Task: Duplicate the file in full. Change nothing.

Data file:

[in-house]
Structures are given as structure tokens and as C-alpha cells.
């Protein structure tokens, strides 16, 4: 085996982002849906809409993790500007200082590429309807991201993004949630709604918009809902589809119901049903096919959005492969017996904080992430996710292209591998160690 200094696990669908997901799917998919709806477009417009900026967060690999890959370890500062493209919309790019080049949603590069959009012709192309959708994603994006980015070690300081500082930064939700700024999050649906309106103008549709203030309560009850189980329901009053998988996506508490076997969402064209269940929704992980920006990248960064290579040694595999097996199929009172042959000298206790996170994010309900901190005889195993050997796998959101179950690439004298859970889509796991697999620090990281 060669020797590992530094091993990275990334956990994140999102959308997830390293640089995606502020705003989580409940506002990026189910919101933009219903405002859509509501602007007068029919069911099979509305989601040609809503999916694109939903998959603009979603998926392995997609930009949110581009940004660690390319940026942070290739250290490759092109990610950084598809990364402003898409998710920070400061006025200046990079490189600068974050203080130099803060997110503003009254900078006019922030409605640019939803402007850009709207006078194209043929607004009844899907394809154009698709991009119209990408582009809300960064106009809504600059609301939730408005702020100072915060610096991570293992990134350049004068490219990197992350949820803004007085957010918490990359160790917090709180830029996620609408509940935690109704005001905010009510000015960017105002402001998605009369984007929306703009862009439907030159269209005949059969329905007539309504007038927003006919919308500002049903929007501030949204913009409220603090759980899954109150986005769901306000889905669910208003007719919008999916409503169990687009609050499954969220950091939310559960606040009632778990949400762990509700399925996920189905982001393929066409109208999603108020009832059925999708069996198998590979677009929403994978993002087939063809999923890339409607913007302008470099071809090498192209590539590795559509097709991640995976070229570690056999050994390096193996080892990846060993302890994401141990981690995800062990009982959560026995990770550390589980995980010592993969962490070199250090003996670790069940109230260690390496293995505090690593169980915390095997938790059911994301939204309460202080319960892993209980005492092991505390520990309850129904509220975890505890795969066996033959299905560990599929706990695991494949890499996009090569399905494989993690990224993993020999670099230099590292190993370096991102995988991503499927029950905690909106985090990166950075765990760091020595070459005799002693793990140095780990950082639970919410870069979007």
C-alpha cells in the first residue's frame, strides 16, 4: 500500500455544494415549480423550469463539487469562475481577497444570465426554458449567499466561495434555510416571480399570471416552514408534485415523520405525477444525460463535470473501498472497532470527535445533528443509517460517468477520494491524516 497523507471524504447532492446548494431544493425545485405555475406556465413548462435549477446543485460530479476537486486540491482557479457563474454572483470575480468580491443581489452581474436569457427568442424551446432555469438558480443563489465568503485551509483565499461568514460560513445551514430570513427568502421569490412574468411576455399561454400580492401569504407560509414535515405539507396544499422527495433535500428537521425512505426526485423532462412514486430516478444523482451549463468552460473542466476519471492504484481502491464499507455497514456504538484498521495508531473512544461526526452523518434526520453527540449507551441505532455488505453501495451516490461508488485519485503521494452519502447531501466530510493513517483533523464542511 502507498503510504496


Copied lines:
[in-house]
Structures are given as structure tokens and as C-alpha cells.
């Protein structure tokens, strides 16, 4: 085996982002849906809409993790500007200082590429309807991201993004949630709604918009809902589809119901049903096919959005492969017996904080992430996710292209591998160690 200094696990669908997901799917998919709806477009417009900026967060690999890959370890500062493209919309790019080049949603590069959009012709192309959708994603994006980015070690300081500082930064939700700024999050649906309106103008549709203030309560009850189980329901009053998988996506508490076997969402064209269940929704992980920006990248960064290579040694595999097996199929009172042959000298206790996170994010309900901190005889195993050997796998959101179950690439004298859970889509796991697999620090990281 060669020797590992530094091993990275990334956990994140999102959308997830390293640089995606502020705003989580409940506002990026189910919101933009219903405002859509509501602007007068029919069911099979509305989601040609809503999916694109939903998959603009979603998926392995997609930009949110581009940004660690390319940026942070290739250290490759092109990610950084598809990364402003898409998710920070400061006025200046990079490189600068974050203080130099803060997110503003009254900078006019922030409605640019939803402007850009709207006078194209043929607004009844899907394809154009698709991009119209990408582009809300960064106009809504600059609301939730408005702020100072915060610096991570293992990134350049004068490219990197992350949820803004007085957010918490990359160790917090709180830029996620609408509940935690109704005001905010009510000015960017105002402001998605009369984007929306703009862009439907030159269209005949059969329905007539309504007038927003006919919308500002049903929007501030949204913009409220603090759980899954109150986005769901306000889905669910208003007719919008999916409503169990687009609050499954969220950091939310559960606040009632778990949400762990509700399925996920189905982001393929066409109208999603108020009832059925999708069996198998590979677009929403994978993002087939063809999923890339409607913007302008470099071809090498192209590539590795559509097709991640995976070229570690056999050994390096193996080892990846060993302890994401141990981690995800062990009982959560026995990770550390589980995980010592993969962490070199250090003996670790069940109230260690390496293995505090690593169980915390095997938790059911994301939204309460202080319960892993209980005492092991505390520990309850129904509220975890505890795969066996033959299905560990599929706990695991494949890499996009090569399905494989993690990224993993020999670099230099590292190993370096991102995988991503499927029950905690909106985090990166950075765990760091020595070459005799002693793990140095780990950082639970919410870069979007």
C-alpha cells in the first residue's frame, strides 16, 4: 500500500455544494415549480423550469463539487469562475481577497444570465426554458449567499466561495434555510416571480399570471416552514408534485415523520405525477444525460463535470473501498472497532470527535445533528443509517460517468477520494491524516 497523507471524504447532492446548494431544493425545485405555475406556465413548462435549477446543485460530479476537486486540491482557479457563474454572483470575480468580491443581489452581474436569457427568442424551446432555469438558480443563489465568503485551509483565499461568514460560513445551514430570513427568502421569490412574468411576455399561454400580492401569504407560509414535515405539507396544499422527495433535500428537521425512505426526485423532462412514486430516478444523482451549463468552460473542466476519471492504484481502491464499507455497514456504538484498521495508531473512544461526526452523518434526520453527540449507551441505532455488505453501495451516490461508488485519485503521494452519502447531501466530510493513517483533523464542511 502507498503510504496